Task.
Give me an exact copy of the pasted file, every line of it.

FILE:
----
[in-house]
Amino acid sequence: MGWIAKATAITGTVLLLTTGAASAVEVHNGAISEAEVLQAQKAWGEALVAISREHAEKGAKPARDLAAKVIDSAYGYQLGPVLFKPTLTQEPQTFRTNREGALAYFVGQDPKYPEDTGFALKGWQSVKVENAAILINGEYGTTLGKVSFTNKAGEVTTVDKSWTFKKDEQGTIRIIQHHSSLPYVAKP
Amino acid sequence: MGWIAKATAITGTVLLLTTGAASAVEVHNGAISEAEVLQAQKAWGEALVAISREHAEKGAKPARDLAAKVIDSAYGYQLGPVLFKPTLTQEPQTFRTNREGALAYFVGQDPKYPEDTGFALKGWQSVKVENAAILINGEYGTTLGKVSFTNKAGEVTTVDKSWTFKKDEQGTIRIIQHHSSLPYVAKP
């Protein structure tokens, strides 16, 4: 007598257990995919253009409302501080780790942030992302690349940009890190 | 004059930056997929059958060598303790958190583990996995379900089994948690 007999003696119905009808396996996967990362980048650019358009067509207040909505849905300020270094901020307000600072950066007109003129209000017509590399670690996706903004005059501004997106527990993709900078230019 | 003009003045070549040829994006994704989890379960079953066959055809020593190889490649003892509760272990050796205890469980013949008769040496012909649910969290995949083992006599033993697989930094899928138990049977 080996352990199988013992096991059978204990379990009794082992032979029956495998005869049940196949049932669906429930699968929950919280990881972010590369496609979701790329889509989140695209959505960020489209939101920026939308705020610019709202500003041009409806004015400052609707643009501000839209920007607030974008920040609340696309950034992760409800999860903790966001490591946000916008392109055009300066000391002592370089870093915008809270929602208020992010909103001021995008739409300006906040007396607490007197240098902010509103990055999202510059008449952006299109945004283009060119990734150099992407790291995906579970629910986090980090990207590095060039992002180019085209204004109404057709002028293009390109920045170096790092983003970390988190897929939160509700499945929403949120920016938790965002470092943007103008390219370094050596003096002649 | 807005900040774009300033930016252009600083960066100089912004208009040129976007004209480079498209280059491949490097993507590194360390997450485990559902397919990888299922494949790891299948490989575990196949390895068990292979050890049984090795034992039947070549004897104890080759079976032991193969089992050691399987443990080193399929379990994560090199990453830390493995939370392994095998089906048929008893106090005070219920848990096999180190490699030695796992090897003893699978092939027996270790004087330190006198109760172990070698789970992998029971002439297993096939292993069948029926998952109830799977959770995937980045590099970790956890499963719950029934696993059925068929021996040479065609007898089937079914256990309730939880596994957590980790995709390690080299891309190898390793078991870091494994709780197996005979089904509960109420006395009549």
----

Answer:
[in-house]
Amino acid sequence: MGWIAKATAITGTVLLLTTGAASAVEVHNGAISEAEVLQAQKAWGEALVAISREHAEKGAKPARDLAAKVIDSAYGYQLGPVLFKPTLTQEPQTFRTNREGALAYFVGQDPKYPEDTGFALKGWQSVKVENAAILINGEYGTTLGKVSFTNKAGEVTTVDKSWTFKKDEQGTIRIIQHHSSLPYVAKP
Amino acid sequence: MGWIAKATAITGTVLLLTTGAASAVEVHNGAISEAEVLQAQKAWGEALVAISREHAEKGAKPARDLAAKVIDSAYGYQLGPVLFKPTLTQEPQTFRTNREGALAYFVGQDPKYPEDTGFALKGWQSVKVENAAILINGEYGTTLGKVSFTNKAGEVTTVDKSWTFKKDEQGTIRIIQHHSSLPYVAKP
């Protein structure tokens, strides 16, 4: 007598257990995919253009409302501080780790942030992302690349940009890190 | 004059930056997929059958060598303790958190583990996995379900089994948690 007999003696119905009808396996996967990362980048650019358009067509207040909505849905300020270094901020307000600072950066007109003129209000017509590399670690996706903004005059501004997106527990993709900078230019 | 003009003045070549040829994006994704989890379960079953066959055809020593190889490649003892509760272990050796205890469980013949008769040496012909649910969290995949083992006599033993697989930094899928138990049977 080996352990199988013992096991059978204990379990009794082992032979029956495998005869049940196949049932669906429930699968929950919280990881972010590369496609979701790329889509989140695209959505960020489209939101920026939308705020610019709202500003041009409806004015400052609707643009501000839209920007607030974008920040609340696309950034992760409800999860903790966001490591946000916008392109055009300066000391002592370089870093915008809270929602208020992010909103001021995008739409300006906040007396607490007197240098902010509103990055999202510059008449952006299109945004283009060119990734150099992407790291995906579970629910986090980090990207590095060039992002180019085209204004109404057709002028293009390109920045170096790092983003970390988190897929939160509700499945929403949120920016938790965002470092943007103008390219370094050596003096002649 | 807005900040774009300033930016252009600083960066100089912004208009040129976007004209480079498209280059491949490097993507590194360390997450485990559902397919990888299922494949790891299948490989575990196949390895068990292979050890049984090795034992039947070549004897104890080759079976032991193969089992050691399987443990080193399929379990994560090199990453830390493995939370392994095998089906048929008893106090005070219920848990096999180190490699030695796992090897003893699978092939027996270790004087330190006198109760172990070698789970992998029971002439297993096939292993069948029926998952109830799977959770995937980045590099970790956890499963719950029934696993059925068929021996040479065609007898089937079914256990309730939880596994957590980790995709390690080299891309190898390793078991870091494994709780197996005979089904509960109420006395009549």